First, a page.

|Nancy Shonka Padberg is CEO of Navigate Boomer Media Marketing.|
This is from the LaBov Sales Channel:
A diverse network of creative, connected, career-centric friends can help you get anything done. If you’re on a first-name basis with a plumber, painter, seamstress, and chef, you’ll never have to worry about leaky sinks, peeling shutters, missing buttons, or cravings for chevre and chardonnay. The same is true in sales. You may be able to help a customer with” X” and “Y,” but having a buddy on speed dial who specializes in “Z” really shows you know your “P’s” and “Q’s.” And in sales, it’s all about the T.L.C.
The thing is, it’s far easier than ever before to surface your ideas. Far easier to have someone notice your art or your writing or your photography. Which means that people who might have hidden their talents are now finding them noticed…
That blog you’ve built, the one with a lot of traffic… perhaps it can’t be monetized.
That non-profit you work with, the one where you are able to change lives… perhaps turning it into a career will ruin it.
That passion you have for art… perhaps making your painting commercial enough to sell will squeeze the joy out of it.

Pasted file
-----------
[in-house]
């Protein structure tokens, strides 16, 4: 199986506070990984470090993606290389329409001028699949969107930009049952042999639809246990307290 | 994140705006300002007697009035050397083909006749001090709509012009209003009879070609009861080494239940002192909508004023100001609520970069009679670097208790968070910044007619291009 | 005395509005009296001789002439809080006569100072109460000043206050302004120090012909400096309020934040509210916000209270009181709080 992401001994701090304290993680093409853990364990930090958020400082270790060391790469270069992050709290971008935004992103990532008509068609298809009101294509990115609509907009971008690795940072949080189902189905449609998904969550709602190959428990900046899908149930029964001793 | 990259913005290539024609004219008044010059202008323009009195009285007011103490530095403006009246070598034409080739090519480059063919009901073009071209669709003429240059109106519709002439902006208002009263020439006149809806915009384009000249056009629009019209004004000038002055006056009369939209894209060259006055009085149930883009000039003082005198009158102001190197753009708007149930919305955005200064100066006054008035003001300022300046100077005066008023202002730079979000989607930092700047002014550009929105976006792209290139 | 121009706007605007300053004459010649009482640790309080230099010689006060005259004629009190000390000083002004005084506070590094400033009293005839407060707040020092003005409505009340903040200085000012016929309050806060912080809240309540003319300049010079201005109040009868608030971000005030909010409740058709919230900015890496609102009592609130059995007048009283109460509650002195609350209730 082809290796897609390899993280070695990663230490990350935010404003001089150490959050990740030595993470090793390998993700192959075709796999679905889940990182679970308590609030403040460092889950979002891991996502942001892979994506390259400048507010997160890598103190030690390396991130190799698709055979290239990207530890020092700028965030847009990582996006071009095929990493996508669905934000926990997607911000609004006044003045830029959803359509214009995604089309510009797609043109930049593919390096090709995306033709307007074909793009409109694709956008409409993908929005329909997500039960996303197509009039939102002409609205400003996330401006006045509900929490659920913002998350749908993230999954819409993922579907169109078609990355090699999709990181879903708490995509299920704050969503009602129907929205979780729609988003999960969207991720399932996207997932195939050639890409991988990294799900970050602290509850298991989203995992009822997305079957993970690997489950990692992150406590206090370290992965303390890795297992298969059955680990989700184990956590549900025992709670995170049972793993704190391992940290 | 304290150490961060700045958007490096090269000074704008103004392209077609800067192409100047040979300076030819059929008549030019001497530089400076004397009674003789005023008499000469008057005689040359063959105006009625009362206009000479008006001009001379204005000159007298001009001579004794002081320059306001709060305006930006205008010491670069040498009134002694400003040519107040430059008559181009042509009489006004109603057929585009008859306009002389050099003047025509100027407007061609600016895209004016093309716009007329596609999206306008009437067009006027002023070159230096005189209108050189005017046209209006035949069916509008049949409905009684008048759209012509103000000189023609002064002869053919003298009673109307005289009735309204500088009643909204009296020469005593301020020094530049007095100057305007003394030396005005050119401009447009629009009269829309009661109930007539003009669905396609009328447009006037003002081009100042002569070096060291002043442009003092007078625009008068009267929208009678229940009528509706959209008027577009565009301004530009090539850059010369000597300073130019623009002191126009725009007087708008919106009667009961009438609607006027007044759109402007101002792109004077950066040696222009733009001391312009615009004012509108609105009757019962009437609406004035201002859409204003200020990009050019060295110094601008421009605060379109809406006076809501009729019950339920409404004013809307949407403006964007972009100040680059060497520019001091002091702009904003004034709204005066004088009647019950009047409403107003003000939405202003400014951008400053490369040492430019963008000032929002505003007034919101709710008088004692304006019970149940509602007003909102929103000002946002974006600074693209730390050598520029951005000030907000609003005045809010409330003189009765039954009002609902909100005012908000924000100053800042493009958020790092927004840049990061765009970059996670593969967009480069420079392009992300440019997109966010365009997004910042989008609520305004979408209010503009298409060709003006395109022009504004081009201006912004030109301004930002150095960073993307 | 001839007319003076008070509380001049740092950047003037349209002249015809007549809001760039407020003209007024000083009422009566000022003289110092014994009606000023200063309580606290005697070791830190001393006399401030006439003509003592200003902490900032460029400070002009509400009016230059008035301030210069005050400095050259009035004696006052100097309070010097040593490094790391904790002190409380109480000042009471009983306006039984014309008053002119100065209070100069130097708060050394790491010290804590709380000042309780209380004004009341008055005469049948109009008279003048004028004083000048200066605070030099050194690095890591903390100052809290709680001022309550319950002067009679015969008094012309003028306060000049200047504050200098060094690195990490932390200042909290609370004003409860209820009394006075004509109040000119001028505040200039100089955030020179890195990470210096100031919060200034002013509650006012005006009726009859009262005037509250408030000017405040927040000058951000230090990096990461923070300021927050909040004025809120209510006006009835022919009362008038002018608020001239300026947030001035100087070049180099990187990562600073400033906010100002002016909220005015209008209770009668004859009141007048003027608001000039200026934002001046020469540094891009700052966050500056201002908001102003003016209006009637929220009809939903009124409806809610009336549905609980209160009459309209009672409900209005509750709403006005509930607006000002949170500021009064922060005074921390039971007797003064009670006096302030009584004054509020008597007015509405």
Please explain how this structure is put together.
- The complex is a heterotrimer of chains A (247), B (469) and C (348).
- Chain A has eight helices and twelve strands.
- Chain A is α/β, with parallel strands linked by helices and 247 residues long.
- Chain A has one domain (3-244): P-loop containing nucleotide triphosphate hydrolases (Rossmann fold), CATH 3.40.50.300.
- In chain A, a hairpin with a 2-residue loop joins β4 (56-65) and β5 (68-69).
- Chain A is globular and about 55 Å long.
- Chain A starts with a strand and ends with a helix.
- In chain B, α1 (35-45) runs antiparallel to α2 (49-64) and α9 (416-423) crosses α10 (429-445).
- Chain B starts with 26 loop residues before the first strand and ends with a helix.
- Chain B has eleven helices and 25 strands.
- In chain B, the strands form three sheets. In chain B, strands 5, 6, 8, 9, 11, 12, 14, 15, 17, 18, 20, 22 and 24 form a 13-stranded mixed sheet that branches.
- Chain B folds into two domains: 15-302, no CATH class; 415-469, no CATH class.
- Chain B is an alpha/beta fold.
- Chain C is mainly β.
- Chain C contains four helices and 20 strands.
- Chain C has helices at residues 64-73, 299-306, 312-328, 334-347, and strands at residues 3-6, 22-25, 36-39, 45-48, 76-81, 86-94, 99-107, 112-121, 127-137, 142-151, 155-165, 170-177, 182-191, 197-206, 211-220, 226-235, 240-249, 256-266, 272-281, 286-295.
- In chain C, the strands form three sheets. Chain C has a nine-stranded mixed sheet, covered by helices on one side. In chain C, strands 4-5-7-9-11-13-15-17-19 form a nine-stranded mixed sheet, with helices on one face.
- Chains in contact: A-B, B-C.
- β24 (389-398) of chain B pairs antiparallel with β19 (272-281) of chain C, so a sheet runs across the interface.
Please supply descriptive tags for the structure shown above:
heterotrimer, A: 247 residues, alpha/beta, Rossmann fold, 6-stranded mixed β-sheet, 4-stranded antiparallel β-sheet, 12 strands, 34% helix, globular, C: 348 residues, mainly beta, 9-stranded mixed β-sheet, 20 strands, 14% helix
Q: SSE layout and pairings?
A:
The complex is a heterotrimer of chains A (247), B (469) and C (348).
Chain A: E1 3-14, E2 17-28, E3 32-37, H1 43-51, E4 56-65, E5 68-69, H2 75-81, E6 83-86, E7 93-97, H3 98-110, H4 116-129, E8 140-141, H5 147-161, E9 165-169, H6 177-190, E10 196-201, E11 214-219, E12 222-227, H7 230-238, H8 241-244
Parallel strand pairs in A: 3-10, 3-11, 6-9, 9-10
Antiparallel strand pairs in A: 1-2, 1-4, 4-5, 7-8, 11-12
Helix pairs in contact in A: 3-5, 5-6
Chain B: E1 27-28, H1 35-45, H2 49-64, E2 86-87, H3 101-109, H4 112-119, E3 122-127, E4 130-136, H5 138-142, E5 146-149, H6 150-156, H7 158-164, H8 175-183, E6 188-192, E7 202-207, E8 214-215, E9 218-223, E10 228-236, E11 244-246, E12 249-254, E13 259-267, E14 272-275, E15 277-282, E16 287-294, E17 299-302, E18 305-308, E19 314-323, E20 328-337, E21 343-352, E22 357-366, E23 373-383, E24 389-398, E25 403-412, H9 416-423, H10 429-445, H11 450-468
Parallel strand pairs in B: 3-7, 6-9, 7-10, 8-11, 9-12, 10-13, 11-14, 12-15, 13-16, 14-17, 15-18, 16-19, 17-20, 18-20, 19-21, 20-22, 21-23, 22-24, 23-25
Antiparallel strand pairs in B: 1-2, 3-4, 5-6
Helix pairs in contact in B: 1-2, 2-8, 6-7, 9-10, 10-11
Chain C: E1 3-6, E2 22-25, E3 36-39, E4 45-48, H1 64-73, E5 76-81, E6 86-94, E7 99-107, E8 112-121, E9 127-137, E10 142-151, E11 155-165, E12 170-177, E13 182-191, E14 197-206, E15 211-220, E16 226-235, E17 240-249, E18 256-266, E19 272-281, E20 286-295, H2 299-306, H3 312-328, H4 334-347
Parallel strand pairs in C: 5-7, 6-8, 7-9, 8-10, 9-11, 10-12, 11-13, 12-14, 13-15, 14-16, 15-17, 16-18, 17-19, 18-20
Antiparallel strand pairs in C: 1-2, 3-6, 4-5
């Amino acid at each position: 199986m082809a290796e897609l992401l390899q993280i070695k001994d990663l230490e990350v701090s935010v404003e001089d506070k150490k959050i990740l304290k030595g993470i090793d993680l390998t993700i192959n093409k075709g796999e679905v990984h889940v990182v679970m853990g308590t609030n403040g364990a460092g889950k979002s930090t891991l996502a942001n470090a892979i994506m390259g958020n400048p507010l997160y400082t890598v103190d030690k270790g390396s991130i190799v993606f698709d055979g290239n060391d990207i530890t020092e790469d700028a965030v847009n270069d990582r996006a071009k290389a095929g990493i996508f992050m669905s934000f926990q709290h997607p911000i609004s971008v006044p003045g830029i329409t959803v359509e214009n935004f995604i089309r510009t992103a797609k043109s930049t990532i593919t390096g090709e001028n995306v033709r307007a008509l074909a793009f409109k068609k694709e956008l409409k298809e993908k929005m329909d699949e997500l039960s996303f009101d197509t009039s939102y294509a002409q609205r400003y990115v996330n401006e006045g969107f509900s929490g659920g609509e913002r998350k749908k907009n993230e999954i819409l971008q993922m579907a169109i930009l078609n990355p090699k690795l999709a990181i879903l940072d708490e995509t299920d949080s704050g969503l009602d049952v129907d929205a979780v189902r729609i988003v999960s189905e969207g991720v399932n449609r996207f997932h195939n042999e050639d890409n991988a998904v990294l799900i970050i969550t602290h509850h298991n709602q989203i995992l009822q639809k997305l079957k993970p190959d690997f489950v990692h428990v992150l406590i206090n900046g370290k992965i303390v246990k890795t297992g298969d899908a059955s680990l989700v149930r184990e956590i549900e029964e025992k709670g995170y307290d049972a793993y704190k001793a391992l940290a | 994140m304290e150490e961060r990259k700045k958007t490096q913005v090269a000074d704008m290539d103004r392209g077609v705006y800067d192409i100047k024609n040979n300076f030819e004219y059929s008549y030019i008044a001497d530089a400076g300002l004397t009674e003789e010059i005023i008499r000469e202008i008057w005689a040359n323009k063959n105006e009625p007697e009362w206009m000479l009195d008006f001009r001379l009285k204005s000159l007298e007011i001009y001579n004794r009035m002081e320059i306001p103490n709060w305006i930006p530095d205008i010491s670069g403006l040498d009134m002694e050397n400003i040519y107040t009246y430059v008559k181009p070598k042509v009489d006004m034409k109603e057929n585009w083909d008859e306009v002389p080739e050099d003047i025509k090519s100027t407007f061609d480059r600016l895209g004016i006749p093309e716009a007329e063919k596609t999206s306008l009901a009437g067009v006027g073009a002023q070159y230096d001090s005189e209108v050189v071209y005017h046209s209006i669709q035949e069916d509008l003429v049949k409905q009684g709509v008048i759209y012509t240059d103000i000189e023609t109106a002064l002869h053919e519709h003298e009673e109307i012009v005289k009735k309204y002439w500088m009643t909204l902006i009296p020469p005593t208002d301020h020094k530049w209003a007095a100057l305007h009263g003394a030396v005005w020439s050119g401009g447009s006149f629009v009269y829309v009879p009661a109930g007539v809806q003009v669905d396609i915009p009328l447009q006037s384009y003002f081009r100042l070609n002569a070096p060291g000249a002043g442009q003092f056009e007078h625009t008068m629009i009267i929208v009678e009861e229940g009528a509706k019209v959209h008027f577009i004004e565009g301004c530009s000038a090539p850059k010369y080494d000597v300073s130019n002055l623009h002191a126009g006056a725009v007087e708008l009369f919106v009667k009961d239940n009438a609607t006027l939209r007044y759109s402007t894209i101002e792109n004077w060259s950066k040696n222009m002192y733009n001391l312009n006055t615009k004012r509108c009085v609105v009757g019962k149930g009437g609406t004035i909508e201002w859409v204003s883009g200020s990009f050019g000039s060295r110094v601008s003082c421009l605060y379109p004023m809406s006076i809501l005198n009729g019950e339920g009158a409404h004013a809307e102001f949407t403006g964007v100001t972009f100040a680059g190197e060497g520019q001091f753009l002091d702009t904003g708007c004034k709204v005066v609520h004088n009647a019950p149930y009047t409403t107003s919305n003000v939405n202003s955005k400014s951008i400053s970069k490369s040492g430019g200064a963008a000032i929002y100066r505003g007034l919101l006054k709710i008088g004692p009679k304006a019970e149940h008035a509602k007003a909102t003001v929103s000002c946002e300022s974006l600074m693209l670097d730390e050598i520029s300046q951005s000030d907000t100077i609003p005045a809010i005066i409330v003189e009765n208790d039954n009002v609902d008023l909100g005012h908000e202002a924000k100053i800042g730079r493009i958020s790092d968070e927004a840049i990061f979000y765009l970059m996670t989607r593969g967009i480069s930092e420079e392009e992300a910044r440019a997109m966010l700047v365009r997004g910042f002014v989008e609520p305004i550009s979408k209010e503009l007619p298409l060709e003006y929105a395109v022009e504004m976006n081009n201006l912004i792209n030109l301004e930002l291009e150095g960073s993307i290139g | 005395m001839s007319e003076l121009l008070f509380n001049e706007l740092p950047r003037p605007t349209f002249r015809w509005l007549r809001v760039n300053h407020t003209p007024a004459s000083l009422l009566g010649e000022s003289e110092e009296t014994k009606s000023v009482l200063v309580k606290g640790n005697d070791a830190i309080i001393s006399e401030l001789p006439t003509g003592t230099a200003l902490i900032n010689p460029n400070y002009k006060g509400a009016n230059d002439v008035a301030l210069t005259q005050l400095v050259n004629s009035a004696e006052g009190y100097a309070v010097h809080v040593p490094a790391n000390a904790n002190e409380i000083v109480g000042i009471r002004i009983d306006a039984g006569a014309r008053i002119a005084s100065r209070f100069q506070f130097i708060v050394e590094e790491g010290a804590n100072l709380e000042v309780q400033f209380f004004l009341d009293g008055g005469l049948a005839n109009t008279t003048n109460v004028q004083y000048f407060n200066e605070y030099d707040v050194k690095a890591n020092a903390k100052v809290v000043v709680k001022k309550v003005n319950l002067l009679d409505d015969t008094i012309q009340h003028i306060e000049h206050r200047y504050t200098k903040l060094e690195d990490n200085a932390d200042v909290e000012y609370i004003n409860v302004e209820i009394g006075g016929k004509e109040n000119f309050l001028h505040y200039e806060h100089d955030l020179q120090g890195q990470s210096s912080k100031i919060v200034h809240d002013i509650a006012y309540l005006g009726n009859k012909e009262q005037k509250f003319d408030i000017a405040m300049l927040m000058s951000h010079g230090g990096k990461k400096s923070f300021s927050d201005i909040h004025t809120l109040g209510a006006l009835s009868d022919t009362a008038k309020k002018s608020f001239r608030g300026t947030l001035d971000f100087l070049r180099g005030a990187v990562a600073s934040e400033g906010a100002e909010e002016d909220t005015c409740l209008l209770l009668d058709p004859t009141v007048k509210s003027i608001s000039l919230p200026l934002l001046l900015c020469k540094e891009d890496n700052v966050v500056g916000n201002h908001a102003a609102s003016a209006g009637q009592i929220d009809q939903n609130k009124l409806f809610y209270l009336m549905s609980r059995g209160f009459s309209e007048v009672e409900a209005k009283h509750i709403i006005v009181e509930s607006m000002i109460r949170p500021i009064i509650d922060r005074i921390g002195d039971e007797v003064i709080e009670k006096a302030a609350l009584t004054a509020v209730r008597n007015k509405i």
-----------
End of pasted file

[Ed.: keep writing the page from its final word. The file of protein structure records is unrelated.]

When what you do is what you love, you’re able to invest more effort and care and time. That means you’re more likely to win, to gain share, to profit. On the other hand, poets don’t get paid. Even worse, poets that try to get paid end up writing jingles and failing and hating it at the same time.
Today, there are more ways than ever to share your talents and hobbies in public. And if you’re driven, talented and focused, you may discover that the market loves what you do. That people read your blog or click on your cartoons or listen to your mp3s. But, alas, that doesn’t mean you can monetize it, quit your day job and spend all day writing songs.
1. In order to monetize your work, you’ll probably corrupt it, taking out the magic in search of dollars
2. Attention doesn’t always equal significant cash flow.